Born OTD in 1936, British director of television & independent film, Ken Loach. Loach’s film Kes was voted the seventh greatest British film of the 20th century in a poll by the British Film Institute. Two of his films, The Wind That Shakes the Barley & I, Daniel Blake, received the Palme d’Or at the Cannes Film Festival, making him the ninth filmmaker to win the award twice. Loach, a social campaigner for most of his career, believes the current criteria for claiming benefits in the UK are “a Kafka-esque, Catch-22 situation designed to frustrate & humiliate the claimant to such an extent that they drop out of the system & stop pursuing their right to ask for support if necessary”

The Cinema of Ken Loach examines the connection between art and politics that distinguishes the work of this leading British … More

Born OTD in 1949, Slovenian philosopher, Slavoj Žižek. Enjoy Your Symptom! commands the title Slavoj Žižek’s classic work of cultural criticism. And the title is just the first of the many startling asides, observations and insights that fill this guide to Hollywood on the Lacanian psychoanalyst’s couch.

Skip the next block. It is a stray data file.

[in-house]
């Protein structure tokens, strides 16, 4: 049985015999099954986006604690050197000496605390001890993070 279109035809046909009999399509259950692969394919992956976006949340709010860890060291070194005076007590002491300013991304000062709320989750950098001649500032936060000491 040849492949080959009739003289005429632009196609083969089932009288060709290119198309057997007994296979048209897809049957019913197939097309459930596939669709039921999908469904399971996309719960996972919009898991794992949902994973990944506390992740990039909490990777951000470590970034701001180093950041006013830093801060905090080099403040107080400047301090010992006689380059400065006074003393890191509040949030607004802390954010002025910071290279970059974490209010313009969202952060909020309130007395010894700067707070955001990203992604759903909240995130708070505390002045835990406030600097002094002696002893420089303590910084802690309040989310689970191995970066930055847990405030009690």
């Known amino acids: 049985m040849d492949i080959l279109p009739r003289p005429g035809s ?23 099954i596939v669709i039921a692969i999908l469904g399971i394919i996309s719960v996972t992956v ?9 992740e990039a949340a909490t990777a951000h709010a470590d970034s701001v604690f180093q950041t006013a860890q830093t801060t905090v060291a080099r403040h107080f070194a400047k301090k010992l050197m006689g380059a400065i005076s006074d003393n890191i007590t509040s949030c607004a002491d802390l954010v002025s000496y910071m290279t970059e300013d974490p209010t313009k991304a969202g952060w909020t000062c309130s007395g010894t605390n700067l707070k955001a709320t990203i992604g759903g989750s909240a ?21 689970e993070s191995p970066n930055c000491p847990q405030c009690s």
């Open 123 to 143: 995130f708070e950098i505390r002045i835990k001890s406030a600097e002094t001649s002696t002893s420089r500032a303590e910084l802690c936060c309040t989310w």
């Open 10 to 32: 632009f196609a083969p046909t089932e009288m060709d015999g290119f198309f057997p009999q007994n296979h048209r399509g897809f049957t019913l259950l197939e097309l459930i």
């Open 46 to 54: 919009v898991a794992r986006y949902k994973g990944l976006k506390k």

Zizek introduces the ideas of Jacques Lacan through the medium of American film, taking his examples from over 100 years … More

Born OTD in 1943, Canadian filmmaker, writer, and actor, David Cronenberg. Cronenberg is one of the principal originators of what is commonly known as the body horror genre, with his films exploring visceral bodily transformation, infection, technology, and the intertwining of the psychological with the physical.

With films such as The Brood and Videodrome, David Cronenberg established himself as Canada’s most provocative director. With subsequent movies … More

Born OTD in 1925, French philosopher who wrote on philosophy, literature, film, and fine art, Gilles Deleuze. Deleuze was one of the most influential figures in 20th-century philosophy, well known for his works on the philosophy of art & for his master-works, Difference & Repetition and – with Felix Guattari – A Thousand Plateaus & Anti-Oedipus. Cinema I is the first volume of Deleuze’s revolutionary work on the theory of cinema

Drawing on the philosophy of Henri Bergson, Deleuze identified his work as “a logic of the cinema”, setting out to … More

Slavoj Zizek, dubbed by the Village Voice “the giant of Ljubljana,” is back with a new edition of his seriously entertaining book on film, psychoanalysis (and life). His inimitable blend of philosophical and social theory, Lacanian analysis, and outrageous humor are made to show how Hollywood movies can explain psychoanalysis-and vice versa using films such as Marnie and The Man Who Knew Too Much.

The title is just the first of many startling asides, observations and insights that fill this guide to Hollywood on … More